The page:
Earlier on Friday, Zhang led a group of four to protest against what they described as the government’s unfair treatment of Mainlander victims of the 228 Incident outside Taipei’s 228 Memorial Museum.
The group reportedly painted the museum’s front door red.
The four were detained and charged with violating the social order act as well as the Waste Disposal Act (廢棄物清理法), police officials said.
The four wheeled a rickshaw covered with incendiary banners, reading: “the 228 Incident was not a righteous uprising,” “228 Incident [victims] were murderers and rapists,” and “no Mainlander victims have received any compensation,” a museum staffer surnamed Chu (朱) said.
The 228 Incident refers to an uprising against the then-Chinese Nationalist Party (KMT) administration, which led to the slayings of thousands of civilians and nearly four decades of martial law in Taiwan.
“Only mainlanders are legitimate,” and “No mainlander is compensated for the 228 Incident,” they said later when taken into police custody.
“On what grounds was Ko Wen-je’s [grand]father compensated and commemorated?” a detained member surnamed Lee (李) asked. “He [Ko’s grandfather] was just like any other 228 Incident victim.”
The four said they resented what they described as the government’s delay in making a full apology to Chinese victims while proffering generous compensation to Taiwanese victims.
The detained members said that they launched their protest because they were angered by Ko’s emotional speech at the government’s memorial ceremony last week.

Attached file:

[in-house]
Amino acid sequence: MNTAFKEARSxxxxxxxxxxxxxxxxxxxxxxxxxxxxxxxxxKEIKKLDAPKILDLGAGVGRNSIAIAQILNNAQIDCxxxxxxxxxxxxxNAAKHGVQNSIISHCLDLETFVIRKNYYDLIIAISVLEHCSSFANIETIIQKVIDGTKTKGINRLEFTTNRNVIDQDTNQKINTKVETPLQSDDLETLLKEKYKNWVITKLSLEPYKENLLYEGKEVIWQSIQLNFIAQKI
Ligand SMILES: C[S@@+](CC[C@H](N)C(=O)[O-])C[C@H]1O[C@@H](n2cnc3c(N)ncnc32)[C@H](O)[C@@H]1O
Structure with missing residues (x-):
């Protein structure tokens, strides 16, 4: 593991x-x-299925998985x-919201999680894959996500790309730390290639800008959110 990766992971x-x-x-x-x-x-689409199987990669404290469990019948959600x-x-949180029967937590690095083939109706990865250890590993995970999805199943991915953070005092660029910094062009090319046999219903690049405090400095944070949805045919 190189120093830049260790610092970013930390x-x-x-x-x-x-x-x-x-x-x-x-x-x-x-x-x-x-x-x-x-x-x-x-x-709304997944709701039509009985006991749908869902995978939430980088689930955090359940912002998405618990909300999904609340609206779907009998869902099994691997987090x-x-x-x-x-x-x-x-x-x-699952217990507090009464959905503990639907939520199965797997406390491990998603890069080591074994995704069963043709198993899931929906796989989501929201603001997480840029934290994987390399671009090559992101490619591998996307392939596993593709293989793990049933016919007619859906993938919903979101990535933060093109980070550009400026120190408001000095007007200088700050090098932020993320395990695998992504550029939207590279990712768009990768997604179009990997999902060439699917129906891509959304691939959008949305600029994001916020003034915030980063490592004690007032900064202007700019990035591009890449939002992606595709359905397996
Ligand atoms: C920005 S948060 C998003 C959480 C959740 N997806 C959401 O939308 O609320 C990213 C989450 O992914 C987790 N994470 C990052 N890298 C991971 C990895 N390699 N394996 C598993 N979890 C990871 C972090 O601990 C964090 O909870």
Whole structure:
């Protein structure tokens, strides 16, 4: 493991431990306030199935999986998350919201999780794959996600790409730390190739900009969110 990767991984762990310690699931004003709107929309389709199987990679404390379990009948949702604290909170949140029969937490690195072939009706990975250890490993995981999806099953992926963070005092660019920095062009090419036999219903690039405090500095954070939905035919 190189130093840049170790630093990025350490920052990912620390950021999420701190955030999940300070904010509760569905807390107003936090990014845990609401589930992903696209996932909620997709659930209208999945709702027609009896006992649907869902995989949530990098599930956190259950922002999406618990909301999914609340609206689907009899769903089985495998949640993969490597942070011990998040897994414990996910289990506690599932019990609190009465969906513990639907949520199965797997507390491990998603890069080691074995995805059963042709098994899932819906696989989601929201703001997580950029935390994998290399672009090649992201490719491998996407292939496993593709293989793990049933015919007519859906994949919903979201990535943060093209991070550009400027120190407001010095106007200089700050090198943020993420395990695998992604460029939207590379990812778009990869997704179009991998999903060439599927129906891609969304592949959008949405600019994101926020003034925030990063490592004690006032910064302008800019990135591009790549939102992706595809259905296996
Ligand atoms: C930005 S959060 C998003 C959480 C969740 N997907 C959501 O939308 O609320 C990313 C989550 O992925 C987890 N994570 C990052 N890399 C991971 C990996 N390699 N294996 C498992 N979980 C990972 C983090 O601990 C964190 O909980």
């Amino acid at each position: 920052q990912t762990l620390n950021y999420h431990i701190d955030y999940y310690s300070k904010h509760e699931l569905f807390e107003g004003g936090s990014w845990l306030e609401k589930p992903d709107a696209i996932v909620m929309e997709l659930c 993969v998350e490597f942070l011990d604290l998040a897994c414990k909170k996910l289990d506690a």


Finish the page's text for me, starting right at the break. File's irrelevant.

They held no murderous intent despite having painted a Chinese character for “kill” in red on the museum door, police officials said.
Officers told the protesters to express their opinions in a peaceful way and pledged to prevent violence and enforce the law strictly.
PALAU LAUNCHES: The source said that Taiwanese military personnel traveled to Palau, where a US brigade watched their work amid plans for a defense network The military last month participated in live-fire launches of MM-104F Patriot (PAC-3) missiles under US observation in an undisclosed location in Palau, a step forward in a US-led plan to create a joint defense missile system in the first island chain, a source said on condition of anonymity. The PAC-3 is the mainstay surface-to-air missile of the US, NATO and democratic nations in East Asia, the source said, adding that it has never been live-tested within Taiwan’s borders, the source said. The proximity of Taiwan to China and China’s close surveillance of the nation’s borders and nearby sea zones is a significant